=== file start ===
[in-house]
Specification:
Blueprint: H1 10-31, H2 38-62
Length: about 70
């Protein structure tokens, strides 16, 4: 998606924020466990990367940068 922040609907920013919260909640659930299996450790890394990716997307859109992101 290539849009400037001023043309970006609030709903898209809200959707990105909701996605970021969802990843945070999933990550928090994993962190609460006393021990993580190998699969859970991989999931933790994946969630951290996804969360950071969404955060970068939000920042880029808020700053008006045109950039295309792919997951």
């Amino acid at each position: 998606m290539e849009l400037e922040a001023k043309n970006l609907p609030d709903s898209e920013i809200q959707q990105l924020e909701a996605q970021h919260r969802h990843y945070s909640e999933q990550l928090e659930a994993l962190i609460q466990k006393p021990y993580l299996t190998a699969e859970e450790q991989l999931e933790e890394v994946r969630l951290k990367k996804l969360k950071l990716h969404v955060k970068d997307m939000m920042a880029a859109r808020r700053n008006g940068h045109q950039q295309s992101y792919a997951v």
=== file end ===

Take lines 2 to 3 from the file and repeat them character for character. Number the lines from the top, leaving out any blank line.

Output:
Specification:
Blueprint: H1 10-31, H2 38-62